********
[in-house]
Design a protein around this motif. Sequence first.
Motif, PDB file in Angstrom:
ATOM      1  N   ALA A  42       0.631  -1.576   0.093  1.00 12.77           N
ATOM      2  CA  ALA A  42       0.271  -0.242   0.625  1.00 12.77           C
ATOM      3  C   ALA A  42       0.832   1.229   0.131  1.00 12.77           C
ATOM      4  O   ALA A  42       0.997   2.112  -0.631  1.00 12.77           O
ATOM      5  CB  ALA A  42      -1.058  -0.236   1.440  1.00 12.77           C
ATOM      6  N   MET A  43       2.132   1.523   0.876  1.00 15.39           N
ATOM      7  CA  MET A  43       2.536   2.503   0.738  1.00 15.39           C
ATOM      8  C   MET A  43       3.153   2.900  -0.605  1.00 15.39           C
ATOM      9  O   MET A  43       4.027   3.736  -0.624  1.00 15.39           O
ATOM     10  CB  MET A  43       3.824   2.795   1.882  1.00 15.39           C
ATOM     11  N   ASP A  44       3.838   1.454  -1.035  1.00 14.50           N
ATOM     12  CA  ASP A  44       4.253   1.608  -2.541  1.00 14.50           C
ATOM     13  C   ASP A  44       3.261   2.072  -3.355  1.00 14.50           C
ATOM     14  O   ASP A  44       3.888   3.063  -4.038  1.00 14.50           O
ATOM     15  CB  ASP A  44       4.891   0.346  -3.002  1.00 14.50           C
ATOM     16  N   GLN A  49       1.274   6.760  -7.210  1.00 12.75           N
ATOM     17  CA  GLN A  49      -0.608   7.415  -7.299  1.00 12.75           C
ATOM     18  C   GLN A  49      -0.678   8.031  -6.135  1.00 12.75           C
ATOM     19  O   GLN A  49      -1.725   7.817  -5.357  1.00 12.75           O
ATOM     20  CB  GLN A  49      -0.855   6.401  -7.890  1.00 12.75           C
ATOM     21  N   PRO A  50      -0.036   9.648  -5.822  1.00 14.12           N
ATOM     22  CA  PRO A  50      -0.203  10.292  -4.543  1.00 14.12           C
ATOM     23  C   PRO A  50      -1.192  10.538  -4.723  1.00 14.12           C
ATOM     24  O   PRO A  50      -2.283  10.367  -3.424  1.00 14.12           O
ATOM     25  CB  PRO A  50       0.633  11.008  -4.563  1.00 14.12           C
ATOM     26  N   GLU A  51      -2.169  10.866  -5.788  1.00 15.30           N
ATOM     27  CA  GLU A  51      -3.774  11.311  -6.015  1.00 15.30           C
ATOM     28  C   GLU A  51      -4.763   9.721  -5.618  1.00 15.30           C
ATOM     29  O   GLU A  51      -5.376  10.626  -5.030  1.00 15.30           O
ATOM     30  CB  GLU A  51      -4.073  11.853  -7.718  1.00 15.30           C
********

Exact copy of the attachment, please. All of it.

[in-house]
Design a protein around this motif. Sequence first.
Motif, PDB file in Angstrom:
ATOM      1  N   ALA A  42       0.631  -1.576   0.093  1.00 12.77           N
ATOM      2  CA  ALA A  42       0.271  -0.242   0.625  1.00 12.77           C
ATOM      3  C   ALA A  42       0.832   1.229   0.131  1.00 12.77           C
ATOM      4  O   ALA A  42       0.997   2.112  -0.631  1.00 12.77           O
ATOM      5  CB  ALA A  42      -1.058  -0.236   1.440  1.00 12.77           C
ATOM      6  N   MET A  43       2.132   1.523   0.876  1.00 15.39           N
ATOM      7  CA  MET A  43       2.536   2.503   0.738  1.00 15.39           C
ATOM      8  C   MET A  43       3.153   2.900  -0.605  1.00 15.39           C
ATOM      9  O   MET A  43       4.027   3.736  -0.624  1.00 15.39           O
ATOM     10  CB  MET A  43       3.824   2.795   1.882  1.00 15.39           C
ATOM     11  N   ASP A  44       3.838   1.454  -1.035  1.00 14.50           N
ATOM     12  CA  ASP A  44       4.253   1.608  -2.541  1.00 14.50           C
ATOM     13  C   ASP A  44       3.261   2.072  -3.355  1.00 14.50           C
ATOM     14  O   ASP A  44       3.888   3.063  -4.038  1.00 14.50           O
ATOM     15  CB  ASP A  44       4.891   0.346  -3.002  1.00 14.50           C
ATOM     16  N   GLN A  49       1.274   6.760  -7.210  1.00 12.75           N
ATOM     17  CA  GLN A  49      -0.608   7.415  -7.299  1.00 12.75           C
ATOM     18  C   GLN A  49      -0.678   8.031  -6.135  1.00 12.75           C
ATOM     19  O   GLN A  49      -1.725   7.817  -5.357  1.00 12.75           O
ATOM     20  CB  GLN A  49      -0.855   6.401  -7.890  1.00 12.75           C
ATOM     21  N   PRO A  50      -0.036   9.648  -5.822  1.00 14.12           N
ATOM     22  CA  PRO A  50      -0.203  10.292  -4.543  1.00 14.12           C
ATOM     23  C   PRO A  50      -1.192  10.538  -4.723  1.00 14.12           C
ATOM     24  O   PRO A  50      -2.283  10.367  -3.424  1.00 14.12           O
ATOM     25  CB  PRO A  50       0.633  11.008  -4.563  1.00 14.12           C
ATOM     26  N   GLU A  51      -2.169  10.866  -5.788  1.00 15.30           N
ATOM     27  CA  GLU A  51      -3.774  11.311  -6.015  1.00 15.30           C
ATOM     28  C   GLU A  51      -4.763   9.721  -5.618  1.00 15.30           C
ATOM     29  O   GLU A  51      -5.376  10.626  -5.030  1.00 15.30           O
ATOM     30  CB  GLU A  51      -4.073  11.853  -7.718  1.00 15.30           C